Josh Duhamel: “I Was A Terrible Model”


Josh Duhamel
Image: Getty

“It was like real-life Zoolander…I felt like Miss America when I won that thing,” Josh Duhamel tells me in a confessional tone. It was 1997, and Duhamel, then at the height of his fly-by modeling career, went head-to-head against Ashton Kutcher for the title of Male Model of the Year; Duhamel won. “The truth is I only did that for about a year and a half, and I was really unsuccessful at it.”

It’s not difficult to picture Duhamel striking a Blue Steel down the runway (facetiously or not). Best known for his the Transformer series and romance flicks including Safe Haven, the 43-year-old North Dakotan has also achieved a certain folk appeal on Instagram, where he can often be seen clowning around with his wife, Black Eyed Peas singer Fergie, and their two-year-old son, Axl. (We particularly dug his recent Halloween shot, in which he was actually a clown.) But in his latest film, Trey Nelson’s Lost In the Sun, Duhamel is trying bad boy on for size, playing an ex-con who recruits a teenage orphan to join him on a criminal spree.

Duhamel called us up to tell us about his newfound evil side, doing the two-step in Texas and fighting with “Fergs” about how to dress their son. “I’ll see paparazzi pictures of my son in leather pants and sunglasses and a scarf,” he laughs. “I’m like, ‘What the hell are you dressing him in?!'”

RO: So you’re not too likable in Lost in the Sun, huh?

JD: He’s a complicated dude, this John. It was one of those things where I read it, and I didn’t see him as a criminal as much as I saw him as a guy who was under a lot of pressure and really desperate. When you’re under those circumstances you make decisions that you’re probably going to end up paying for. I sort of got into the psychology of why rather than who he was.

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RO: Was it fun doing something a little darker than you’re used to?

JD: Yeah, this is why I got into this business, to play characters outside of who I am as a person. It’s like cops and robbers. You get the liberty to act absolutely despicable, and it’s okay.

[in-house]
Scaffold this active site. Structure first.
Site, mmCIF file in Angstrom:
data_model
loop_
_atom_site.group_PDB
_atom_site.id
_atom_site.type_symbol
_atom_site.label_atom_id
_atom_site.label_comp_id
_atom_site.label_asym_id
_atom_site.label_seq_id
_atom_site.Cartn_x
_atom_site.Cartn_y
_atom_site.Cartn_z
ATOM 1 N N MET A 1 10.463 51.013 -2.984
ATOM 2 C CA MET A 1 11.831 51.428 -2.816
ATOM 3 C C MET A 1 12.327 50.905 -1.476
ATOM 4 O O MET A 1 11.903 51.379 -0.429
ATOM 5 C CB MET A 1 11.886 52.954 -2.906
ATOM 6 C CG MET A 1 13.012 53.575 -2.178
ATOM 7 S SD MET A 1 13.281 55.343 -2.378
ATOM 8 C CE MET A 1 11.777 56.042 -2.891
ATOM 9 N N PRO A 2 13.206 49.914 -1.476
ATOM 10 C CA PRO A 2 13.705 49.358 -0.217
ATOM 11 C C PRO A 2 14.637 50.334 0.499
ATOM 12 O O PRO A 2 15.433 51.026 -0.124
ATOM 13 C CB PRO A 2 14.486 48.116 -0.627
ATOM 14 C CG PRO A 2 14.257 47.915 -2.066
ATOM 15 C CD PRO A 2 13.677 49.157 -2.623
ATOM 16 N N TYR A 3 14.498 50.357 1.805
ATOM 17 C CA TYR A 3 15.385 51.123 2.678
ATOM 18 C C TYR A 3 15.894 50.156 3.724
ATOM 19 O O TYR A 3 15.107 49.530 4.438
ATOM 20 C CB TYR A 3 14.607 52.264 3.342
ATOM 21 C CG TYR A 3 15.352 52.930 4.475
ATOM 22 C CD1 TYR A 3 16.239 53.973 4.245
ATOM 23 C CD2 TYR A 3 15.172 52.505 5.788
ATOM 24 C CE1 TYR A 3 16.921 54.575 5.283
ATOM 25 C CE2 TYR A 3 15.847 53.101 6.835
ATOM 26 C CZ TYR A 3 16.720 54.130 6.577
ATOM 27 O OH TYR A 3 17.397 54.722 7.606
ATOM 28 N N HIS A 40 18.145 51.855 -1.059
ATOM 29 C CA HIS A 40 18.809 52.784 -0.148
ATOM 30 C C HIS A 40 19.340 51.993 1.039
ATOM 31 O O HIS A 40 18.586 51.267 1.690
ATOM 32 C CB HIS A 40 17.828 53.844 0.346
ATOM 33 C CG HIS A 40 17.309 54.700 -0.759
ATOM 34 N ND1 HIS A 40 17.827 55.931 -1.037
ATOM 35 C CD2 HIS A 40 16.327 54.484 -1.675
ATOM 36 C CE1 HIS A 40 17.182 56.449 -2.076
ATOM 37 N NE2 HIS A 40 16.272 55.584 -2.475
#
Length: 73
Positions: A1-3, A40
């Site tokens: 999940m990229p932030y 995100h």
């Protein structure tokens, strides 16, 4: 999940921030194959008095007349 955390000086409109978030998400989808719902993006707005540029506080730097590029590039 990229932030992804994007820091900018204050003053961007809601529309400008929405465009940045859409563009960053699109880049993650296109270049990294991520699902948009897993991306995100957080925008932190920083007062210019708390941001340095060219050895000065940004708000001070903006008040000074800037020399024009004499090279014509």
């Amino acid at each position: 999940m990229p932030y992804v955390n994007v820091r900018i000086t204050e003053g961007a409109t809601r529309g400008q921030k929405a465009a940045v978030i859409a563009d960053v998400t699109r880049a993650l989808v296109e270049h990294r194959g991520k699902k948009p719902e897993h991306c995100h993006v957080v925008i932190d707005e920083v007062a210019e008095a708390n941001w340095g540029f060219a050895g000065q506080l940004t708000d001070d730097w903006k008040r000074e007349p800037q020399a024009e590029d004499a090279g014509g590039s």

RO: You star alongside 17-year-old breakout Josh. Lost was his third ever feature. What was it like to work with someone so fresh to the business?

JD: We looked pretty far and wide to find the kid who was going to play Louis in the movie, because we needed him to be the right age and maturity, and he couldn’t be too polished either. He had to be vulnerable yet tough. This kid had it all. He’s a really subtle but intense actor. A wicked smart kid too. I loved working with him, and I hope that he has a huge future.

RO: Did you do any two-stepping while filming in Austin?

JD: Well we went to the Broken Spoke a couple of times, and we went to watch some really good rock ‘n’ roll. If I were a college student I’d probably want to go to school there.

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RO: Before you acted, you modeled. How did you switch gears?

JD: The truth is I only did that for about a year and a half, and I was really unsuccessful at it. I never felt comfortable posing in front of a camera. I always felt like I’d have more fun if I had something to do, if I got to act rather than pose. That was the reason I kept hammering my agency to send me on commercial auditions. I’d been taking classes, and they were like, “No, no, no—those auditions are for actors,” and I’d be like, “Oh, I’m gonna show you.”

RO: And yet you beat Ashton Kutcher in a male modeling competition in 1997. Did you ever get to discuss his defeat face to face?

JD: Yes, we’ve had many laughs about that. Every time I see him we talk about it. We were such green horns coming out of the middle of nowhere. He was from Iowa, and I was from North Dakota, and we’re like in New York City. It was like a real-life Zoolander. It was amazing—and I took it so seriously; I so wanted to win. I felt like Miss America when I won that thing.

RO: What’s your Blue Steel?

JD: [Laughs] It’s less steely, more doe-eyed vulnerable.

RO: Then you moved onto music videos, specifically Christina Aguilera’s “Genie in a Bottle” music video.

JD: [Laughs] I was basically an extra in that video. If you pause it at just the right time [1:58], you’ll see me. When you’re in that stage of your career, you’re just trying to get whatever work you can. So, any opportunity I could to do it, I took it.

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RO: Which is your favorite Transformer?

JD: Ironhide because it was this big, badass, black truck, and I have a black truck that it reminds me of. And he was sort of on the periphery of good and bad. He was considered an Autobot, but he was kind of an outlier.

RO: Have you named your own truck after that?

JD: My truck’s name is Black Betty.

RO: How is little Axl?

JD: He is fantastic. He’s the little star of the show at our house. He’s two, and he’s a very active kid.

RO: What does the life of an active two-year-old look like?

JD: You obviously have no children [Laughs]. He is really, really into trucks. Like, construction vehicles, backhoes, excavators, all that. He also loves watching videos with mom.

RO: What does he wear?

JD: It’s a constant struggle between Ferg and I about how we dress him. Her style of dressing him is much different than mine. If she’s out of town I take him to school, and if I’m working she takes him to school. So I’ll see paparazzi pictures of my son in leather pants and sunglasses and a scarf, and I’m like, “What the hell are you dressing him in?!” She’s like, “What? He looks like a little boy.” He looks like a little boy in a boy band. I’m more baseball cap and bare feet.